Higher Education Laws Amendment Bill [B24B-2010], Skills Development Levies Amendment Bill [B25-2010] and Higher Education and Training Laws Amendment Bill [B26B-2010]: Department of Higher Education and Training briefing

NCOP Education and Technology, Sports, Arts and Culture

12 October 2010
Chairperson: Ms M Makgate (ANC – North West)
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Meeting Summary

The Director: Legal Services of the Department of Higher Education and Training (DHET) briefed the Committee on the Higher Education Laws  Amendment Bill [B24B-2010], the Skills Development Levies Amendment Bill [B25-2010] and the Higher Education and Training Laws Amendment Bill [B26B-2010].

The Bills arose out of the splitting of the former Department of Education into the Department of Higher Education and Training and the Department of Basic Education and the Presidential Proclamations that were issued.  The amendments to the applicable legislation were of a technical nature and did not change any fundamental aspect of the current laws.  The Bills merely transferred the responsibility for certain operations to the applicable Department and transferred the relevant powers and functions defined in the existing legislation.

Certain Members found the presentation document prepared by the Department to be difficult to understand but eventually accepted the assurance of the Department that the nature of the amendments was purely technical.  Members queried the omission of the word ‘Basic’ from the Adult Education and Training function and debated the different connotations the word implied.

The Committee approved the Committee Programme for the fourth quarter of the Parliamentary Term.

Meeting report

Presentation by Department of Higher Education and Training on the Higher Education Laws Amendment Bill [B24-2010], the Skills Development Levies Amendment Bill [B25-2010] and the Higher Education and Training Laws Amendment Bill [B26-2010]

Adv Eben Boshoff, Director: Legal Services, DHET, said that the amendments were precipitated by the splitting of the previous Department of Education (DOE) into the Department of Basic Education (DBE) and the Department of Higher Education and Training (DHET) by way of a Presidential Act. Presidential Proclamations (PP 44 of 2009, PP 48 of 2009 and PP 56 of 2009) were promulgated and transferred the powers and functions in legislation that applied to higher education and training from the Minister of Education and the Minister of Labour to the Minister of Higher Education and Training. However, the existing legislation did not reflect the changes caused by the Proclamations and referred to the incorrect authorities.

PP 44 transferred responsibility for the following acts to the Minister of Higher Education and Training: the National Education Policy Act (NEPA) of 1996, the Higher Education Act (HEA) of 1997, the Employment of Educators Act (EEA) of 1998, the National Student Financial Aid Scheme Act (NSFASA) of 1999, the South African Council for Educators Act (SACEA) of 2000, the Adult Basic Education & Training Act (ABETA) of 2000, the General and Further Education and Training Quality Assurance Act (GFETQAA) of 2001, the Further Education and Training Colleges Act (FETCA) of 2006 and the National Qualifications Framework Act (NQFA) of 2008. The list needed to be read in conjunction with the transfer of responsibility for legislation and administration to the Minister of Basic Education.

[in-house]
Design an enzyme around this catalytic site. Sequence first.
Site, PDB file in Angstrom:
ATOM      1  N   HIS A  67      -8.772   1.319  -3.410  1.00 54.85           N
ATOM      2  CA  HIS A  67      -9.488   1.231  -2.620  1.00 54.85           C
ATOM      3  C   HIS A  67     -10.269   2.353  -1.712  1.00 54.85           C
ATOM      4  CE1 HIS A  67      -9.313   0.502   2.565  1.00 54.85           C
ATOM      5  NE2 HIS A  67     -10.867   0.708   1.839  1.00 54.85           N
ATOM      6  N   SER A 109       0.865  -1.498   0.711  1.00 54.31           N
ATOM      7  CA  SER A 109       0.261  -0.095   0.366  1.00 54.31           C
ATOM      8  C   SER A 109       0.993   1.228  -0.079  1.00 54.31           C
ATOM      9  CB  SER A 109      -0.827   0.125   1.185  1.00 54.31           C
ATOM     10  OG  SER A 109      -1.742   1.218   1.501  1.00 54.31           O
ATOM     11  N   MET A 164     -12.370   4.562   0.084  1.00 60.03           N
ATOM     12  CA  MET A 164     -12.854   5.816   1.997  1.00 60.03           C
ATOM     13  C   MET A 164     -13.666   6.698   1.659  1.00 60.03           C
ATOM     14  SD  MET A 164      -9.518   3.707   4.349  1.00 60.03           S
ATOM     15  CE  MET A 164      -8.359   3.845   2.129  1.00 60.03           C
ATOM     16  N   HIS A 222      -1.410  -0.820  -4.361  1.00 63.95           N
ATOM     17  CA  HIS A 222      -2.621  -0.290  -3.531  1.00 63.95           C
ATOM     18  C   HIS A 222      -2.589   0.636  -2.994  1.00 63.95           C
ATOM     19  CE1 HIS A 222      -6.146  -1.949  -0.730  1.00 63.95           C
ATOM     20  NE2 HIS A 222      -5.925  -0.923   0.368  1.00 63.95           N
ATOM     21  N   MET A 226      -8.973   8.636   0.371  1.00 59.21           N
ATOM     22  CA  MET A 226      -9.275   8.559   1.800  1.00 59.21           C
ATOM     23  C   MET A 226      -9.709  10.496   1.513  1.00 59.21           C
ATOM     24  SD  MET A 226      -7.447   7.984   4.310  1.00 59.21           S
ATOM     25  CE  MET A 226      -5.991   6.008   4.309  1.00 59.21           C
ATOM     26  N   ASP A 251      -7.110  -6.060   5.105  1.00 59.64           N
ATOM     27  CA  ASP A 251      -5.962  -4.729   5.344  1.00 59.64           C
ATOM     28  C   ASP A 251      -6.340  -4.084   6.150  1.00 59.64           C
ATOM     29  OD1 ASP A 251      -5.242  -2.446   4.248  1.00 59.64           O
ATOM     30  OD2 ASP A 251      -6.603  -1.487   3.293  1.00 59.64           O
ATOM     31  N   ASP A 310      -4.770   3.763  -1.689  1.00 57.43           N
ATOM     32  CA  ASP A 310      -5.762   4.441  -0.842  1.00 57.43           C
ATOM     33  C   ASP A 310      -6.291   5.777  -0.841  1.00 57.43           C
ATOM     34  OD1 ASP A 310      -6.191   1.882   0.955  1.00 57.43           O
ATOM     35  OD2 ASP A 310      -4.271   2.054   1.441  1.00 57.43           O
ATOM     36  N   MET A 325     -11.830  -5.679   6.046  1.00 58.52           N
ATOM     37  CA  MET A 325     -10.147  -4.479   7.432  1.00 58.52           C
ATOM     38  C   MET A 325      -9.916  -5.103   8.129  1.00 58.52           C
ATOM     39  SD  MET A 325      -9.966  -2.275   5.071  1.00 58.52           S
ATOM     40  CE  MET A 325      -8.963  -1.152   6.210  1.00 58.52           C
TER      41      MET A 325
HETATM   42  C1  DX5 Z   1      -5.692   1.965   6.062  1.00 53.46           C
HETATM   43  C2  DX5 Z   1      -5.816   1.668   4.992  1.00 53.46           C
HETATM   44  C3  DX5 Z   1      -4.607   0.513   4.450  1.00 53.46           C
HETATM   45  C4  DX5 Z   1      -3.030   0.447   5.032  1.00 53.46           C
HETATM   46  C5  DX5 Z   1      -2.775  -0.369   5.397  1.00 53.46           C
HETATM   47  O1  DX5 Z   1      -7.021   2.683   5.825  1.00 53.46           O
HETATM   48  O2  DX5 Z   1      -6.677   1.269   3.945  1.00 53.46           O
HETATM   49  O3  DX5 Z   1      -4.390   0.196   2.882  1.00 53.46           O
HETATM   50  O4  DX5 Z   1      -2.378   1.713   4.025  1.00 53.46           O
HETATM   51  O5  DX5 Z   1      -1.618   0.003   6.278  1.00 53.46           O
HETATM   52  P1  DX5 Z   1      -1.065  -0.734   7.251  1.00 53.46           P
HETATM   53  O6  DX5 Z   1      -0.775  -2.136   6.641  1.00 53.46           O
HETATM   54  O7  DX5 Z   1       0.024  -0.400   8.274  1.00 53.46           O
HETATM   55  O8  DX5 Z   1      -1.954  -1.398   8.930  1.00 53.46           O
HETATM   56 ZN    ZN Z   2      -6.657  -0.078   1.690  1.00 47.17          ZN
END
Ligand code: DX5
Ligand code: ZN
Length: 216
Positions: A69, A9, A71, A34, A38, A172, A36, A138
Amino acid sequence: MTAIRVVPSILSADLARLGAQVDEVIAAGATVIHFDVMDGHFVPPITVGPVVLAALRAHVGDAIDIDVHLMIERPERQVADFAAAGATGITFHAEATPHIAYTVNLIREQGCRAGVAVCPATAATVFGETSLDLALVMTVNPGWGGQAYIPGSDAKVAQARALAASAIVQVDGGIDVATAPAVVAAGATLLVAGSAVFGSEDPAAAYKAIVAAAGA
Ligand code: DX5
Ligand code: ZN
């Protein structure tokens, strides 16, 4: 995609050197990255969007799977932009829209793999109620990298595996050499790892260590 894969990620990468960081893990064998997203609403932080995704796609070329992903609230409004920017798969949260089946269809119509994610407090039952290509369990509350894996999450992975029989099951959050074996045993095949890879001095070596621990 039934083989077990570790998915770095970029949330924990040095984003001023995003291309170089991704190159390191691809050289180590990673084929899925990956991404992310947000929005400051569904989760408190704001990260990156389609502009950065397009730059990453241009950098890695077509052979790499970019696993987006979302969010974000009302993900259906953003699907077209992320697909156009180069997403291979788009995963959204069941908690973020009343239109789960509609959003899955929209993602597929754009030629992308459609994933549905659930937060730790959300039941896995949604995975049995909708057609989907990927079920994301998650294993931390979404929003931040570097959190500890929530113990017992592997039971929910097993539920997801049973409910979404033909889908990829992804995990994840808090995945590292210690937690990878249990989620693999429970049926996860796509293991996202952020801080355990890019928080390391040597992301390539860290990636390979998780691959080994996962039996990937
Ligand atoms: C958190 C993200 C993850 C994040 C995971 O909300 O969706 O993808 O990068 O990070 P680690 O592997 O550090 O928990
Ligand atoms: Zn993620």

The Minister of HET had the exclusive administrative authority relating to the HEA, NSFASA, ABETA, FETCA and the NQFA. However, only specific sections of NEPA , GFETQAA, EEA and SACEA relating  to Further Education and Training (FET) colleges and Adult Basic Education and Training (ABET) were transferred to the Minister of HET. PP 56 transferred the administration, powers and functions under the Skills Development Act (SDA) and the Skills Development Levies Act (SDLA) from the Minister of Labour to the Minister of HET in so far as the provisions did not apply to Productivity South Africa and other employment services.  Consequently, the Minister of Public Service and Administration requested that the legislation was amended to reflect the transfer of functions. This precipitated the three Amendment Bills, i.e. the Higher Education Laws Amendment Bill (HELA), the Skills Development Levies Amendment Bill (SDLA) and the Higher Education and Training Laws Amendment Bill (HETLA). 

The Bills did not change the substance of any legislation but merely reflected the necessary technical changes to bring the legislation in line with the splitting of the Departments and to consolidate, streamline and simplify the various pieces of legislation dealing with education. The Bills included amendments to the definition of certain words and expressions in order to reflect the new dispensation.

The Chairperson thanked Adv Boshoff for the presentation and opened the floor to questions.

Ms R Rasmeni (ANC – North West) said that the amendments were straightforward and that there was little to comment upon. She asked whether the Sector Education and Training Authorities (SETA’s) that were transferred to the DHET were under the scope of the amendments and what significance was of the removal of the word 'Basic' from the phrase ‘Adult Basic Education and Training’ (ABET).

Adv Boshoff replied that the word 'Basic' had specific connotations which contributed to the confusion as to whether or not ABET fell under the DBE or the DHET. By removing the word ‘Basic’, it was made clear that Adult Education and Training was the responsibility of the DHET.  The SETA’s were part and parcel of the SDA and the relevant portion of legislation dealing with the SETA’s was not significantly changed.  The Green Paper, followed by the White Paper on Education was expected to further clarify the position of the SETA’s.  The intention of the amendments was not to deal with issues of substance and pre-empt the content of the anticipated White Paper.